Rubbing salt in the wound

Most salt production is relatively uncontroversial. Not so in Africa’s last colony, Western Sahara.

The territory has been colonised since 1975 by Morocco, who is illegally plundering its salt and other resources with the complicity of Western governments and companies.

Last year, Norwegian company Mesta rejected a salt deal ‘because of the violations of human rights in the territory.’ But Danish company Dansk Vejsalt continues to buy and sell on Western Saharan salt, in violation of international law.

Selling goods from Western Sahara is a violation of international law unless is it approved by and beneficial to the indigenous population. The Saharawis of Western Sahara do not benefit from this deal, however, and staunchly oppose the plundering of their resources.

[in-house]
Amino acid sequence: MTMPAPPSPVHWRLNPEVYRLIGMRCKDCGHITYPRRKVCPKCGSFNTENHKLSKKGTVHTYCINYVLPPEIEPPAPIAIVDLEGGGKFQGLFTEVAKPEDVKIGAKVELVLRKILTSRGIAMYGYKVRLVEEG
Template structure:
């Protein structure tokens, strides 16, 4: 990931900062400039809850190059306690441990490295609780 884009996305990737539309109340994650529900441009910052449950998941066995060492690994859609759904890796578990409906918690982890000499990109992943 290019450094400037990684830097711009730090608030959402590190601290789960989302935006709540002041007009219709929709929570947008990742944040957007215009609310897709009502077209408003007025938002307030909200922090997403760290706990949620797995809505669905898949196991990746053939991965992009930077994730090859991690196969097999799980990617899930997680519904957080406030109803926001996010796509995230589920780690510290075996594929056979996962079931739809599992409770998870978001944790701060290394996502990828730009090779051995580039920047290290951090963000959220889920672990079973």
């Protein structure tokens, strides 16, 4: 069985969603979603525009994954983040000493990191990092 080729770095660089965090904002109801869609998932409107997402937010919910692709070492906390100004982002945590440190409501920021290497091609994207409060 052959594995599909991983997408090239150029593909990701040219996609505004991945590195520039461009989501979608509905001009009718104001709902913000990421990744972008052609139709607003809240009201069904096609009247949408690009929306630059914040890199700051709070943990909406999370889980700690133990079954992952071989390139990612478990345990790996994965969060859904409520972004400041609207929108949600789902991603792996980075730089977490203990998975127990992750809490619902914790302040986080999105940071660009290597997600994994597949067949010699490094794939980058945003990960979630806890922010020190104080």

Dansk Vejsalt sells its salt to several Danish municipalities, and was negotiating a contract with four others, until Danish NGO Africa Contact contacted the municipalities about the illegality of the deal.

This led first Gladsaxe, and subsequently the three other municipalities, to demand that the deal excluded salt from Western Sahara.

Polisario representative to Denmark, Abba Malainin, appreciates “the courageous stand” of Mesta and the Danish municipalities, as opposed to others who deal with goods from Western Sahara.

“Such deals makes the Moroccan occupation rentable, encourages more human rights violations and complicates the UN’s peaceful plan for Western Sahara”, he says.

The article was published in the March 2015 edition of the New Internationalist

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